Aaron Whittaker

From Wikipedia, the free encyclopedia
Jump to navigation Jump to search
Aaron Whittaker
Personal information
Full name Aaron Mervyn Rutane Whittaker[1]
Born (1968-07-09) 9 July 1968 (age 49)
Christchurch, New Zealand
Height 163 cm (5 ft 4 in)
Weight 80 kg (12 st 8 lb; 180 lb)
Playing information
Position Halfback, Hooker
Club
Years Team Pld T G FG P
19?? Halswell (CRL)
19?? Riccarton (CRL)
1992 Illawarra Steelers 2 0 0 0 0
1994–95 Canterbury Cardinals 27 9 53 9 151
1994–95 Wakefield Trinity 7 13 1 55
1997–98 Auckland Warriors 8 1 1 1 7
Total 37 17 67 11 213
Representative
Years Team Pld T G FG P
1990–99 Canterbury 17 13 0 0 52
1993–94 New Zealand 3 0 0 0 0
2001 South Island 1 0 0 0 0
As of 30 December 2008
Source: [2]

Aaron Whittaker (born 9 July 1968 in Christchurch, New Zealand) is a former professional rugby league footballer. A New Zealand international representative halfback, he played club football in Australia, England and New Zealand.[2]

Early years[edit]

Whittaker grew up in Christchurch and was a Schoolboy Kiwi in 1983 before becoming part of the dominant Canterbury rugby league side of the early nineties.[3] The side was coached by Frank Endacott and included future stars such as Whetu Taewa, Quentin Pongia and Brent Stuart.[4] In Christchurch he played for two clubs, the Halswell Hornets and the Riccarton Knights.[5]

His form was impressive enough to land a contract in the NSWRL Premiership, signing with the Illawarra Steelers in 1992. Whittaker played in three games for the club, including a try-scoring effort against the Great Britain touring side, returning to New Zealand at the end of the year.

In 1993 Whittaker was selected for the New Zealand Kiwis. He went on to play thirteen games for the national side, although only three were test matches. During this time he trained with Gary Freeman and Daryl Halligan and this allowed him to improve his halfback and goal kicking skills. In 1994 he was part of the Kiwis tour of Papua New Guinea.[6] Between 1990 and 1994 he played in 17 games for Canterbury, scoring thirteen tries.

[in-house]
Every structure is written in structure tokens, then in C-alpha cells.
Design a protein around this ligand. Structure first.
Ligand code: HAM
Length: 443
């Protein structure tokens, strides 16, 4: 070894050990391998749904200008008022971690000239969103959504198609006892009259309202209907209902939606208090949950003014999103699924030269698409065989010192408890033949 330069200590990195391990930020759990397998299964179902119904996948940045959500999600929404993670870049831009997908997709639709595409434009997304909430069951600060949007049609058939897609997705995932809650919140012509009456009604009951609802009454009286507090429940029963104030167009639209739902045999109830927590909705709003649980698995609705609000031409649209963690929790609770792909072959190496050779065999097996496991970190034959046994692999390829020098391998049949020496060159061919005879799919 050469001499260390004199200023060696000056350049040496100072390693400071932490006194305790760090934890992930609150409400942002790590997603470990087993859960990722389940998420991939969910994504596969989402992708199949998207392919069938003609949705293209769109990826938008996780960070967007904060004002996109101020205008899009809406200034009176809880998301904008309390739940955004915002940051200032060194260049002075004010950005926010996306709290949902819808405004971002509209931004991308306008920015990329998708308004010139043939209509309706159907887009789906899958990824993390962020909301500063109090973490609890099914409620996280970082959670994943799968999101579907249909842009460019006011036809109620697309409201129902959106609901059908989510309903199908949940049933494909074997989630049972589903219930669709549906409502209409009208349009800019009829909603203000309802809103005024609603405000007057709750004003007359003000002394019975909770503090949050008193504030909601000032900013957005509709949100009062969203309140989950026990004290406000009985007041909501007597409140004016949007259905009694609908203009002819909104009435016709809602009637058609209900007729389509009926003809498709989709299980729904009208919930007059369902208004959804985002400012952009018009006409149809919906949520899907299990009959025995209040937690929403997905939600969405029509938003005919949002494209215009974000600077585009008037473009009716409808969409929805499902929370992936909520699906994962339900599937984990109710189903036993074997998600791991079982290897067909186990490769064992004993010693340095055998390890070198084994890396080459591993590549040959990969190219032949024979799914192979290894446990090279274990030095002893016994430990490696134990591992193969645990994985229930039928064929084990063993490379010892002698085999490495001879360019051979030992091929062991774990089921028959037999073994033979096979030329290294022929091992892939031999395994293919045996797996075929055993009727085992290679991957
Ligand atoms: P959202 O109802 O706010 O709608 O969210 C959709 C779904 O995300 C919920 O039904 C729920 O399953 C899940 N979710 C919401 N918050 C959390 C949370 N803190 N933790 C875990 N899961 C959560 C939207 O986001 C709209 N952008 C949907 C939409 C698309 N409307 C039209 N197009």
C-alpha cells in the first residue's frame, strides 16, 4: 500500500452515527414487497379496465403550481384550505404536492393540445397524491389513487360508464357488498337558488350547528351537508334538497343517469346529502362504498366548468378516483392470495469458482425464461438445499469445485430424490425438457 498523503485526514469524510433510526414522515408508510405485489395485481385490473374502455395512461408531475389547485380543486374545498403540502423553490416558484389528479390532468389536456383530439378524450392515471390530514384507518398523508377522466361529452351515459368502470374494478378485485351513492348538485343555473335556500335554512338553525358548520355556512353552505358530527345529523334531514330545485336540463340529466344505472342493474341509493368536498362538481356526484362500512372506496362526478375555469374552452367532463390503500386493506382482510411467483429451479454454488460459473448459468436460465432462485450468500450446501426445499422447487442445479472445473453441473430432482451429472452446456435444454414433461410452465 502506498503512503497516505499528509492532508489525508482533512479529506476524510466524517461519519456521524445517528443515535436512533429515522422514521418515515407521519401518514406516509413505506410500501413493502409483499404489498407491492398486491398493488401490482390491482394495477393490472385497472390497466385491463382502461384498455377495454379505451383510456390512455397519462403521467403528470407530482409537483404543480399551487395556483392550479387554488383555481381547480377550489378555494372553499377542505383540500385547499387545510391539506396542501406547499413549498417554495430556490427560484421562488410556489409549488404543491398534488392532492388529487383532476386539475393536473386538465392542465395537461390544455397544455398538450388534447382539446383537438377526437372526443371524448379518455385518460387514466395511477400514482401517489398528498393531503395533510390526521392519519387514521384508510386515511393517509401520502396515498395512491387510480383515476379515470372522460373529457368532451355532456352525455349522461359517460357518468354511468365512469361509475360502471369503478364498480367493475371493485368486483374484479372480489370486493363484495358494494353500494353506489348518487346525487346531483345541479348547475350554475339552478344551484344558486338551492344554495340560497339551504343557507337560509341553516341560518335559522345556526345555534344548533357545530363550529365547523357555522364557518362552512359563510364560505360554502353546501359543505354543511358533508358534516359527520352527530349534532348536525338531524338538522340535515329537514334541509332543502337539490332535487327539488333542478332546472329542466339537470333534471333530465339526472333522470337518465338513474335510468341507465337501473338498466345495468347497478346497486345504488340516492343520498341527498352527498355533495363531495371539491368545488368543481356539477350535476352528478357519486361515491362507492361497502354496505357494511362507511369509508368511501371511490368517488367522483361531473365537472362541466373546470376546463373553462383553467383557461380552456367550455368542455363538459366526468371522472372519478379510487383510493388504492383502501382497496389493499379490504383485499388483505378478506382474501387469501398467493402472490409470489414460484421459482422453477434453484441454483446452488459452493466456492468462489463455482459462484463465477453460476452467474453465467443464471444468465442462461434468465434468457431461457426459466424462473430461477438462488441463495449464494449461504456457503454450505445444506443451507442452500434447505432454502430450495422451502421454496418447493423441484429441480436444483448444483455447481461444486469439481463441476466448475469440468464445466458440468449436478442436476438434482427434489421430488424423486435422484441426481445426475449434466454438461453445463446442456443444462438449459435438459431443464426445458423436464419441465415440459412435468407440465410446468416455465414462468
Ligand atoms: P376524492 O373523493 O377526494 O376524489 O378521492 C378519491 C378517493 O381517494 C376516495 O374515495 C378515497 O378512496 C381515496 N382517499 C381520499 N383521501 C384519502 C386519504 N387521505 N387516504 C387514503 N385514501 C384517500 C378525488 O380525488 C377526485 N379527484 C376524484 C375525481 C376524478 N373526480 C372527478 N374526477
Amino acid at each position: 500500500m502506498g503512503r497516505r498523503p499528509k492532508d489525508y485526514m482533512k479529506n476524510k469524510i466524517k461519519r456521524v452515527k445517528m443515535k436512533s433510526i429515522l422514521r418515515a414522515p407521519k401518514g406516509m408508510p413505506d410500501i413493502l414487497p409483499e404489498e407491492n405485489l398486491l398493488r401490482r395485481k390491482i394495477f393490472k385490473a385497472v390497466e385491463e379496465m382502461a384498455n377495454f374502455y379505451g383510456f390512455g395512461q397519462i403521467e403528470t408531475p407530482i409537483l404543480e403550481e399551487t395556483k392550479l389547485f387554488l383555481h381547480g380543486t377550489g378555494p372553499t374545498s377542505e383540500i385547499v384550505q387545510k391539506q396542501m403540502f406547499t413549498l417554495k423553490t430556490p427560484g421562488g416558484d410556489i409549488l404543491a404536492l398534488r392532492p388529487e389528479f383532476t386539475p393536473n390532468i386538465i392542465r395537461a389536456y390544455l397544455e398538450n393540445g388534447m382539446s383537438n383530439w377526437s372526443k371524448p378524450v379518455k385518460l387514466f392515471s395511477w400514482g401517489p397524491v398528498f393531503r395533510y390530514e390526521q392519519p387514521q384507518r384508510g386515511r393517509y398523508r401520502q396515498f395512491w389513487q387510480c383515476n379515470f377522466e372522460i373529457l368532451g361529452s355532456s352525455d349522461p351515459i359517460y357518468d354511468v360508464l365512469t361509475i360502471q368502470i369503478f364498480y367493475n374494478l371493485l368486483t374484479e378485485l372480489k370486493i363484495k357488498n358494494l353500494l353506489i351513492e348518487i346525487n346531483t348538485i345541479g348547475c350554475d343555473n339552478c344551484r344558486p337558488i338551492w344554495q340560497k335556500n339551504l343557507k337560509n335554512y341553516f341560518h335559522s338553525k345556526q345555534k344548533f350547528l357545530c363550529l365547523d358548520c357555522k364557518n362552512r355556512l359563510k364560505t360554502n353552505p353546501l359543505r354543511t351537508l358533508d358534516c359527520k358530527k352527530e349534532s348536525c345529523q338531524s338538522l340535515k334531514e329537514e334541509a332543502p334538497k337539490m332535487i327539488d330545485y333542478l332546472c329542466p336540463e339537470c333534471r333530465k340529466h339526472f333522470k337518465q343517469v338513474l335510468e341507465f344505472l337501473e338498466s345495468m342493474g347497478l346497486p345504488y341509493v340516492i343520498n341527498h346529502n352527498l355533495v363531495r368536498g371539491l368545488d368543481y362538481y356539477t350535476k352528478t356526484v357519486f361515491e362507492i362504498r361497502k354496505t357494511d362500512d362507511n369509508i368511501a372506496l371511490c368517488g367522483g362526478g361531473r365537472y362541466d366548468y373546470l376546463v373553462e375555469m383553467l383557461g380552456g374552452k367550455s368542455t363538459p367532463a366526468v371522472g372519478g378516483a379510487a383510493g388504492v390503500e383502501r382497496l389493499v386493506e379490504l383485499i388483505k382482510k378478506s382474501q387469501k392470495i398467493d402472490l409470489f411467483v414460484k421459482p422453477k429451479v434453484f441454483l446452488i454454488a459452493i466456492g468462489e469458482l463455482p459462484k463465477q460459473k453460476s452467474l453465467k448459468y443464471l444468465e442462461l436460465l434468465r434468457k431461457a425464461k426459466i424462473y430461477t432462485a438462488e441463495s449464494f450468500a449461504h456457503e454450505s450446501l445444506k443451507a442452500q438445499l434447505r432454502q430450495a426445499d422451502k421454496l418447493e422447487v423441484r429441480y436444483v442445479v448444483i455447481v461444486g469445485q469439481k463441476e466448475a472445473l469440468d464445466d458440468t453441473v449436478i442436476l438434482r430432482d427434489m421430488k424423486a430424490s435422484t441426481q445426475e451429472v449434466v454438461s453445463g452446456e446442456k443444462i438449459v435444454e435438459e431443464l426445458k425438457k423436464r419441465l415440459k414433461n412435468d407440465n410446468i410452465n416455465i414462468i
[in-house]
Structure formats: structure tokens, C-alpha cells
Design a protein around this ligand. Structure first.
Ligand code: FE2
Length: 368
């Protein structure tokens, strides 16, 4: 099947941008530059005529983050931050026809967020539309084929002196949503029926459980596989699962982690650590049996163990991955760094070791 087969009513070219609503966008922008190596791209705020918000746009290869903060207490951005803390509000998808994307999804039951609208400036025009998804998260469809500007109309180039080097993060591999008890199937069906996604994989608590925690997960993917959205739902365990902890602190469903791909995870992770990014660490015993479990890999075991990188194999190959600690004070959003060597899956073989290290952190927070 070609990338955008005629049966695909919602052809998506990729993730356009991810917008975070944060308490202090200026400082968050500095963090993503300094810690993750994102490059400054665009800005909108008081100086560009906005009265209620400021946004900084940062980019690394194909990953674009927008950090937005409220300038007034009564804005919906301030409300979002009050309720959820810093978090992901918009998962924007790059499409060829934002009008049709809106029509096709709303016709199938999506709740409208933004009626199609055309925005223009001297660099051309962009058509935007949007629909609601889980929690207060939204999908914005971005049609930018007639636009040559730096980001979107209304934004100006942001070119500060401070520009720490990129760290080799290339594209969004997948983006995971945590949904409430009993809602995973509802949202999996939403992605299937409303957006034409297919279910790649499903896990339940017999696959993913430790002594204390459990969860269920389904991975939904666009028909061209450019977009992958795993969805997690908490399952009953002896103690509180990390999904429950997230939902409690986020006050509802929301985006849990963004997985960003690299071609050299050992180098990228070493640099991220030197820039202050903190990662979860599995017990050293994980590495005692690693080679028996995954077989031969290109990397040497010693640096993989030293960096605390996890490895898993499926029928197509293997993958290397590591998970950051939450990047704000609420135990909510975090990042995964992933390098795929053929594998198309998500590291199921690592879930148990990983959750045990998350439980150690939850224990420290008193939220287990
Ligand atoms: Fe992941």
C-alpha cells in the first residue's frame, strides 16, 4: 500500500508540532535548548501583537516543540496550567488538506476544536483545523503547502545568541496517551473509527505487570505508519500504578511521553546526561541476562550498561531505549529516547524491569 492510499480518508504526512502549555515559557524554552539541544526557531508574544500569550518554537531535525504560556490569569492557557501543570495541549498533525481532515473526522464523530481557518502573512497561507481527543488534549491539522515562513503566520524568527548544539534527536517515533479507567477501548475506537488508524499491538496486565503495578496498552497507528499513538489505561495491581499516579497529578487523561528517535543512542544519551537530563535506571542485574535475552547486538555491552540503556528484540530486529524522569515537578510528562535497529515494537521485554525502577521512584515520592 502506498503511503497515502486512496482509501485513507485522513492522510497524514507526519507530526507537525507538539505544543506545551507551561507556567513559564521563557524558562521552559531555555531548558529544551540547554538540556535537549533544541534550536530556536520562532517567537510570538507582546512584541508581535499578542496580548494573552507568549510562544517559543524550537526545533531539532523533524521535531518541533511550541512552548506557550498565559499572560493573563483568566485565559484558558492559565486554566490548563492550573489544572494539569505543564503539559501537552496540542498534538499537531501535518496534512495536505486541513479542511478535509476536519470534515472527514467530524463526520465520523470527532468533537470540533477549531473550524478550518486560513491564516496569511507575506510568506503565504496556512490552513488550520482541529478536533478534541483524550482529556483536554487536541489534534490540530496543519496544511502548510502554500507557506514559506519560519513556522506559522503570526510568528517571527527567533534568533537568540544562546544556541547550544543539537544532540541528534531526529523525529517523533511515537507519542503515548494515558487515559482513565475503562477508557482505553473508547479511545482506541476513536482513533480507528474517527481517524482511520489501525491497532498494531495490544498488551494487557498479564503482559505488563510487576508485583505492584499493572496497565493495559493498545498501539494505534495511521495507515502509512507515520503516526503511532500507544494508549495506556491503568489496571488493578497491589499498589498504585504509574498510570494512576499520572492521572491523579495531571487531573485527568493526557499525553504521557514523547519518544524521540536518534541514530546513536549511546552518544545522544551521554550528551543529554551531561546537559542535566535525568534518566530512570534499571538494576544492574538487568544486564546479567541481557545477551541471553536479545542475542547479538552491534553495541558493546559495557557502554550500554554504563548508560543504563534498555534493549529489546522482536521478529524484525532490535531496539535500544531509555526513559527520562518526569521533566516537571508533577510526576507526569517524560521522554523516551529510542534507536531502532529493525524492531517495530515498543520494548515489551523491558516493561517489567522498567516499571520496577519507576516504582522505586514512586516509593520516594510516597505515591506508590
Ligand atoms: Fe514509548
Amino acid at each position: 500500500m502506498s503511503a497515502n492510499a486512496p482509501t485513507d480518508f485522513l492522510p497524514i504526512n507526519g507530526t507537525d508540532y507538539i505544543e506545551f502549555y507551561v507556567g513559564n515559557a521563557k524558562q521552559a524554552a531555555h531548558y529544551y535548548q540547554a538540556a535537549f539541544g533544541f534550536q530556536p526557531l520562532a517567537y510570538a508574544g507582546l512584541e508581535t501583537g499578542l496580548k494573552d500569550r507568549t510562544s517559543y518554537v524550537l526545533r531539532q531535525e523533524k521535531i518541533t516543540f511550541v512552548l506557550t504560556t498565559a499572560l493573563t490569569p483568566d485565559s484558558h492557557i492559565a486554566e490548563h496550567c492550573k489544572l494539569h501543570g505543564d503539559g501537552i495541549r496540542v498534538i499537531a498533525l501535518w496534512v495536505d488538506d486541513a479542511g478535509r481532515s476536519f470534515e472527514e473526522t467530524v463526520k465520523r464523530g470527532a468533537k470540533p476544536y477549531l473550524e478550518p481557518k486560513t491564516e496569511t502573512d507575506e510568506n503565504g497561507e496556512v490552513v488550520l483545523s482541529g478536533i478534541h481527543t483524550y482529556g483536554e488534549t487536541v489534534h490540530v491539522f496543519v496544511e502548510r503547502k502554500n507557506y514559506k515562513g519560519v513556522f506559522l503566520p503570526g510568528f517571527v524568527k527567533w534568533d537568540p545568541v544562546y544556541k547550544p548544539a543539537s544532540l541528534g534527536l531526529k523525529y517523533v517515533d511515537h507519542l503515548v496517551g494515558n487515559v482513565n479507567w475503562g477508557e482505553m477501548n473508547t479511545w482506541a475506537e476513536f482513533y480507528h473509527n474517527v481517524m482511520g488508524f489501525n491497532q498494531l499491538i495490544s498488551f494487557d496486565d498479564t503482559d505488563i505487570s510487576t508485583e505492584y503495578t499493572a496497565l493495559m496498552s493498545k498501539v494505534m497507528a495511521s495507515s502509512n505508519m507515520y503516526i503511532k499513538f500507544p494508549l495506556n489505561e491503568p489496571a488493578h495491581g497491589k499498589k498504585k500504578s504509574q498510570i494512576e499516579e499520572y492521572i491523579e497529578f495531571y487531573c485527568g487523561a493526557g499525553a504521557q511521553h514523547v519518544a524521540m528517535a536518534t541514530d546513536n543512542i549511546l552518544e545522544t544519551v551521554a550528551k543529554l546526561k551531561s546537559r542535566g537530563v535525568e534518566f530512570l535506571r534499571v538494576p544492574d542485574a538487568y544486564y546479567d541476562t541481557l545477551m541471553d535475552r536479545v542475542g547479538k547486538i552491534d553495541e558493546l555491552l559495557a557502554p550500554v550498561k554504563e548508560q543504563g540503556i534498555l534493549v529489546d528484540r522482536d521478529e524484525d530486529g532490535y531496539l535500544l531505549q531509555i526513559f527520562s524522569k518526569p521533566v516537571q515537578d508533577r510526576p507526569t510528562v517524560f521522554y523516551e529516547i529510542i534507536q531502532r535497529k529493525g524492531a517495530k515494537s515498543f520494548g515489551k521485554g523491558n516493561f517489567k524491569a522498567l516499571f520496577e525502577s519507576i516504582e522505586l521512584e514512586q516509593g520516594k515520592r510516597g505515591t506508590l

England[edit]

In 1994 he played for the Canterbury Cardinals in the new Lion Red Cup and at the half way stage was the competitions leading points scorer. As a result, he began to attract interest from overseas clubs and agreed to a mid-season transfer, joining Wakefield Trinity. He returned to the Cardinals in the English offseason and played in part of the 1995 Lion Red Cup.[7]

Return to New Zealand[edit]

After a spell in England he returned to New Zealand, signing for the Auckland Warriors. He played eight first grade games for the Warriors in the 1997 and 1998 seasons, under the clubs new head coach Frank Endacott.

After being released by the Warriors he returned to local football in Canterbury, playing for his old side the Haswell Hornets.[8] In 2001 he was involved in the South Island team that played the touring French side.[9][10]

Later years[edit]

He now has 3 children with his wife, his oldest boy following in his footsteps becoming a well-refined league player. His two younger daughters are both sports based as well.

In 2002 he was named the head trainer for the New Zealand 'A' sides tour of France and the United States, a position he retained for the sides 2003 tour of Australia, where he worked under former team mate Terry Hermansson.[11][12]

He is now involved with the Currumbin Eagles JRL [13] as a coach where he has steered numerous teams to finals contention. He also is involved with the Gold Coast Rugby League as a referee.[4]

References[edit]

  1. ^ WHITTAKER, AARON MERVYN RUTANE 1993 - 94 - KIWI #648 Archived 2 April 2012 at the Wayback Machine. nzleague.co.nz
  2. ^ a b "Statistics at rugbyleagueproject.org". rugbyleagueproject.org. 31 December 2017. Retrieved 1 January 2018. 
  3. ^ Coffey, John. Canterbury XIII, Christchurch, 1987.
  4. ^ a b Canterbury Trampled Over Auckland The Press, 12 September 2008
  5. ^ Canterbury Rugby League[permanent dead link] Rugby League in New Zealand
  6. ^ New Zealand Tour of Australia and PNG 1994 The Vault
  7. ^ Lion Red Rugby League Annual 1995, New Zealand Rugby Football League, 1995. p.110
  8. ^ Panthers peaking at right time The Press, 27 July 1998
  9. ^ Raper's first defeat halts Wigan march The Independent, 3 June 2001
  10. ^ Teams named for French opener AAP Sports News, 1 June 2001
  11. ^ Hermansson gets NZ Appointment rleague.com, 8 July 2003.
  12. ^ 2002 NZ A Archived 2008-07-18 at the Wayback Machine. NZRL Official Site
  13. ^ Currumbin Eagles JRL